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The C. Everett Koop Papers

Letter from C. Everett Koop to Leo Freihofer pdf (132,665 Bytes) transcript of pdf
Letter from C. Everett Koop to Leo Freihofer
Although little scientific evidence on the psychological effects of the new cultural and technological phenomenon of video games was available at the time, Koop was concerned that video games were addictive and fostered violence. He therefore criticized the nation's latest pastime as part of his campaign to make both violence and addiction public health rather than law enforcement issues.
Number of Image Pages:
2 (132,665 Bytes)
1983-02-16 (February 16, 1983)
Koop, C. Everett
Freihofer, Leo
This item is in the public domain. It may be used without permission.
Medical Subject Headings (MeSH):
Video Games
Exhibit Category:
Reproduction and Family Health
Metadata Record Letter from Leo Freihofer to C. Everett Koop (December 1, 1982) pdf (83,501 Bytes) transcript of pdf
Box Number: 20
Folder Number: 4
Unique Identifier:
Document Type:
Letters (correspondence)
Physical Condition:
Series: Sequential Files
SubSeries: November 1982
Folder: Video games, 1982 Nov-1983 Jun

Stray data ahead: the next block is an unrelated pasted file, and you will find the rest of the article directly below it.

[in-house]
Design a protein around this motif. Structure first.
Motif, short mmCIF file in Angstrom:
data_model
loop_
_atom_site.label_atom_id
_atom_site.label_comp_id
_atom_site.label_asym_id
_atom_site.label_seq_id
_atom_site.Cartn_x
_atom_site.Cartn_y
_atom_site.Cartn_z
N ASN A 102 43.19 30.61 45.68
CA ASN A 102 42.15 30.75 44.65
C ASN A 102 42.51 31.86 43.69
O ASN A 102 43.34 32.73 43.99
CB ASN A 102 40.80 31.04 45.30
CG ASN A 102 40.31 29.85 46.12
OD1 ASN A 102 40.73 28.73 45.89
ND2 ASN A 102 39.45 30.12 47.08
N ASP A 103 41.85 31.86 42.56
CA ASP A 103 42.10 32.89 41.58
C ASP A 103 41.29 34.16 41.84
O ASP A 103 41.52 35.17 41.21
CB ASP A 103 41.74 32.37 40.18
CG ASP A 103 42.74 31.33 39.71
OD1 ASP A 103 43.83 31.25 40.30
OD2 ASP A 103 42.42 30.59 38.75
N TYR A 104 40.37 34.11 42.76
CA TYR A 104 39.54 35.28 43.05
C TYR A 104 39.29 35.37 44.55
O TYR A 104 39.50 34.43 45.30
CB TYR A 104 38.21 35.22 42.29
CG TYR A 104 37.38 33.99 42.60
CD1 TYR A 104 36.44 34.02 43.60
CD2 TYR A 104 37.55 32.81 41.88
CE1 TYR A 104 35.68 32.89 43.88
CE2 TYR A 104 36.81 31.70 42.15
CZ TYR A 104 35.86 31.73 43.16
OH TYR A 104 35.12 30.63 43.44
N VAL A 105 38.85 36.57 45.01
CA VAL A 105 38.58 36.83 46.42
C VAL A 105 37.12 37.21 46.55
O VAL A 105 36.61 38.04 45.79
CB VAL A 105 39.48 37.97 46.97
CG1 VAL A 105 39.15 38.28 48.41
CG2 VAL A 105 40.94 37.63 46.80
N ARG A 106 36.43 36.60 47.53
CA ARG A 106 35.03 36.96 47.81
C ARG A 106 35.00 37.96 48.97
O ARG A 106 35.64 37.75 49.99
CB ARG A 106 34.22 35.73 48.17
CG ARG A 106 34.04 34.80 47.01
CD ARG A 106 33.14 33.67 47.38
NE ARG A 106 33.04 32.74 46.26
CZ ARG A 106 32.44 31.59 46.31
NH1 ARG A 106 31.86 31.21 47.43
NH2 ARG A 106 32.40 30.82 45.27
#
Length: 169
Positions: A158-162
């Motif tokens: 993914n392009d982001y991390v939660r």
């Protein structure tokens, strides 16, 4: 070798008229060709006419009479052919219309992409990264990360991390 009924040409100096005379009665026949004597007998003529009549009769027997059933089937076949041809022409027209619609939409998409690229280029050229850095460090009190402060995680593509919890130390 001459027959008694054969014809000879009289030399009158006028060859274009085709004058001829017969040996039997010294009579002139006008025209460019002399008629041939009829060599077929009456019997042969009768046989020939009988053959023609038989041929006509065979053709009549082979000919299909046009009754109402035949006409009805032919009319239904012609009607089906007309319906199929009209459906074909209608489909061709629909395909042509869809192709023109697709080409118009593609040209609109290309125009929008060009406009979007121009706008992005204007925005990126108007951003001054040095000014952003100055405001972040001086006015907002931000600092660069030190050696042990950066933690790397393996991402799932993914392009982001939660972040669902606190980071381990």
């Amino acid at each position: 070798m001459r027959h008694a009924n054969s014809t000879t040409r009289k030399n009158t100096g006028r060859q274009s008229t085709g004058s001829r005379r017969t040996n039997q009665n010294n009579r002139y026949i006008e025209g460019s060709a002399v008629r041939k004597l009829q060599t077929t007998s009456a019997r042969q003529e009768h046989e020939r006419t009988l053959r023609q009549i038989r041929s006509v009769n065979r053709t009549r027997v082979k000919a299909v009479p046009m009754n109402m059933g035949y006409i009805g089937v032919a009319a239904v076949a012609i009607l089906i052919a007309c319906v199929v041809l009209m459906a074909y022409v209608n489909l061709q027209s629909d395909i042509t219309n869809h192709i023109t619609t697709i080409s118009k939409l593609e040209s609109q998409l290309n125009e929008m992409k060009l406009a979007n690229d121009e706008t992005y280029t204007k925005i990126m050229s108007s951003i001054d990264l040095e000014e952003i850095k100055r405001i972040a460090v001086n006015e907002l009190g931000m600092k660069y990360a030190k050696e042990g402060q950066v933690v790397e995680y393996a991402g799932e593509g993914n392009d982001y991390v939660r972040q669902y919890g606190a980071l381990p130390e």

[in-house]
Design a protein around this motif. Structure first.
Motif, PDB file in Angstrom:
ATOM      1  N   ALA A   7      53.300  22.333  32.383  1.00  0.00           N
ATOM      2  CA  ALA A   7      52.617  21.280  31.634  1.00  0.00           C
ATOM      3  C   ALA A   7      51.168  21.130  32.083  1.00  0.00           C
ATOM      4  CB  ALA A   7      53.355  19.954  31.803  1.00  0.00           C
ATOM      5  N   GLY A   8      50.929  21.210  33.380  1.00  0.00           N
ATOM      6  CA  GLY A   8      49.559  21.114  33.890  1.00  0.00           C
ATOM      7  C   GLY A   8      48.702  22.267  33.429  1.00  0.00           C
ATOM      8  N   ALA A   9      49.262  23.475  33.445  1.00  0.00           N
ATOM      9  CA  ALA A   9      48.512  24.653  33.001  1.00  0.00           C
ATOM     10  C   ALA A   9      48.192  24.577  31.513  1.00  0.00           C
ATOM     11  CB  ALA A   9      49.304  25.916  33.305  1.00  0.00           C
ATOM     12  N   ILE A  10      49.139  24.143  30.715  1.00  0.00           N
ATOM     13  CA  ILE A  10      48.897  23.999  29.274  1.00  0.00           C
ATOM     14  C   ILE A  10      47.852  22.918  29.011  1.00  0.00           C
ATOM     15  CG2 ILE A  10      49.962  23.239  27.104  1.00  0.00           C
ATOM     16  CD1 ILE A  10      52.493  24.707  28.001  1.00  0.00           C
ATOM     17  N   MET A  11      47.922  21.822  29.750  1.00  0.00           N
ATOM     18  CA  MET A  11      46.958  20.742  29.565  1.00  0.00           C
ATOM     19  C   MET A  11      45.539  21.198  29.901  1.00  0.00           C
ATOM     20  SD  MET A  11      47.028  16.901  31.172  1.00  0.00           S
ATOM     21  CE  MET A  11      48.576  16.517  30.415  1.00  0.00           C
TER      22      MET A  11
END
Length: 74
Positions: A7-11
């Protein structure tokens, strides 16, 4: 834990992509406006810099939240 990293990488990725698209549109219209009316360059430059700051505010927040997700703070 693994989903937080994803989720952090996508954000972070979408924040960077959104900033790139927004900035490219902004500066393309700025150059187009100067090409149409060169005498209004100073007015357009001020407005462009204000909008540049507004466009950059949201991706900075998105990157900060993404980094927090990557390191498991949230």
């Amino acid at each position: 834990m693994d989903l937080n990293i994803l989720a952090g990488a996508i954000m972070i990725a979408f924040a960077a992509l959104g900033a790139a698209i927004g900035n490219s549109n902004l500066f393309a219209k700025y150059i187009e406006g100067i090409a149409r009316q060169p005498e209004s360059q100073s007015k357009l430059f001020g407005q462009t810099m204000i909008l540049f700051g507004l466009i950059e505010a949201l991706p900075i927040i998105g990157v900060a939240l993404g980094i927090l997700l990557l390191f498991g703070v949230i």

Dear Leo:
Your letter about your problems with video games concerns me. Too much of almost anything, even if it is normally safe, can be dangerous to your health. Addiction causes physical and psychological (mental) dependence. People who have problems with substances usually thought of as addicting -- alcohol, drugs, tobacco -- can go to organizations already set up to handle their problem. These people all agree that the addict must realize that he has a problem (and you've already taken the first step).
Leo, I don't know if you just have a strong habit or are actually addicted. Neither do I know about any organizations for people who are "addicted" to video games. But I do suggest that you talk to some people who may even be better -- your parents. Please be patient with them; as you have noted, people who aren't addicted may have trouble understanding what the addict goes through. They want the very best for you, and I think that they will listen to you if they know that you really mean it when you tell them your problem. They are really very special people, you know. I think they will understand and help you.
So, go back to your parents before trying anything else; they care a lot about you. As a second choice, your school counselor might be able to help you. Trying to keep it to yourself is probably the hardest way to go; you need somebody to talk with so they can encourage you. But, if you decide to go it alone, you might try totally ignoring the games, and substituting something else -- reading, perhaps -- when you feel the urge to play a video game. Don't even watch others play until you feel you have your problem under control. Even then you might have to be careful or else it will start all over again. (A really hard test would be to allow yourself to play only one game a day.)
I hope you overcome your problem.
Thanks for writing.
C. Everett Koop, M.D.
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